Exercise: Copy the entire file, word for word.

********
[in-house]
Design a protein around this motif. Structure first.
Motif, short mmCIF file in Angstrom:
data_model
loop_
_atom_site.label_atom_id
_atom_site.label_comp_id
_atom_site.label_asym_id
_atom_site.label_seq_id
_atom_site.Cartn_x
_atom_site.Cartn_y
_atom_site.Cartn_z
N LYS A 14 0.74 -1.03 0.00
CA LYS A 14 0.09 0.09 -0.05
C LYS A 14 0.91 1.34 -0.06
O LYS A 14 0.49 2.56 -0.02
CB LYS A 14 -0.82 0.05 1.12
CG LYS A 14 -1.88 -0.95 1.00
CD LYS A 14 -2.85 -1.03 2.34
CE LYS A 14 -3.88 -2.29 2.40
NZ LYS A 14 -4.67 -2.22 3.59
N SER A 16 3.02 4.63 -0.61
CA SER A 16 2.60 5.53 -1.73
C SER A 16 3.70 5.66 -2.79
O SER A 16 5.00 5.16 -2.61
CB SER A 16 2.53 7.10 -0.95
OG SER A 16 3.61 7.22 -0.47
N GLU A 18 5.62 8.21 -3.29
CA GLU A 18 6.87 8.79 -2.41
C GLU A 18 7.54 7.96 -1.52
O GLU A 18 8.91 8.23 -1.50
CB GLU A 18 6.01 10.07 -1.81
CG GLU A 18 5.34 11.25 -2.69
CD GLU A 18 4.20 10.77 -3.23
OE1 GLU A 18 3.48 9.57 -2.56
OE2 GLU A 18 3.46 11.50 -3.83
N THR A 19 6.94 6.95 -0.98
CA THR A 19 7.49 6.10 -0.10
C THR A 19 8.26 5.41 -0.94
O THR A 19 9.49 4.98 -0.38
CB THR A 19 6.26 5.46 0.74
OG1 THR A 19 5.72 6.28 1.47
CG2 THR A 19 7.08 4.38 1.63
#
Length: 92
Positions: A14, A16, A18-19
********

[in-house]
Design a protein around this motif. Structure first.
Motif, short mmCIF file in Angstrom:
data_model
loop_
_atom_site.label_atom_id
_atom_site.label_comp_id
_atom_site.label_asym_id
_atom_site.label_seq_id
_atom_site.Cartn_x
_atom_site.Cartn_y
_atom_site.Cartn_z
N LYS A 14 0.74 -1.03 0.00
CA LYS A 14 0.09 0.09 -0.05
C LYS A 14 0.91 1.34 -0.06
O LYS A 14 0.49 2.56 -0.02
CB LYS A 14 -0.82 0.05 1.12
CG LYS A 14 -1.88 -0.95 1.00
CD LYS A 14 -2.85 -1.03 2.34
CE LYS A 14 -3.88 -2.29 2.40
NZ LYS A 14 -4.67 -2.22 3.59
N SER A 16 3.02 4.63 -0.61
CA SER A 16 2.60 5.53 -1.73
C SER A 16 3.70 5.66 -2.79
O SER A 16 5.00 5.16 -2.61
CB SER A 16 2.53 7.10 -0.95
OG SER A 16 3.61 7.22 -0.47
N GLU A 18 5.62 8.21 -3.29
CA GLU A 18 6.87 8.79 -2.41
C GLU A 18 7.54 7.96 -1.52
O GLU A 18 8.91 8.23 -1.50
CB GLU A 18 6.01 10.07 -1.81
CG GLU A 18 5.34 11.25 -2.69
CD GLU A 18 4.20 10.77 -3.23
OE1 GLU A 18 3.48 9.57 -2.56
OE2 GLU A 18 3.46 11.50 -3.83
N THR A 19 6.94 6.95 -0.98
CA THR A 19 7.49 6.10 -0.10
C THR A 19 8.26 5.41 -0.94
O THR A 19 9.49 4.98 -0.38
CB THR A 19 6.26 5.46 0.74
OG1 THR A 19 5.72 6.28 1.47
CG2 THR A 19 7.08 4.38 1.63
#
Length: 92
Positions: A14, A16, A18-19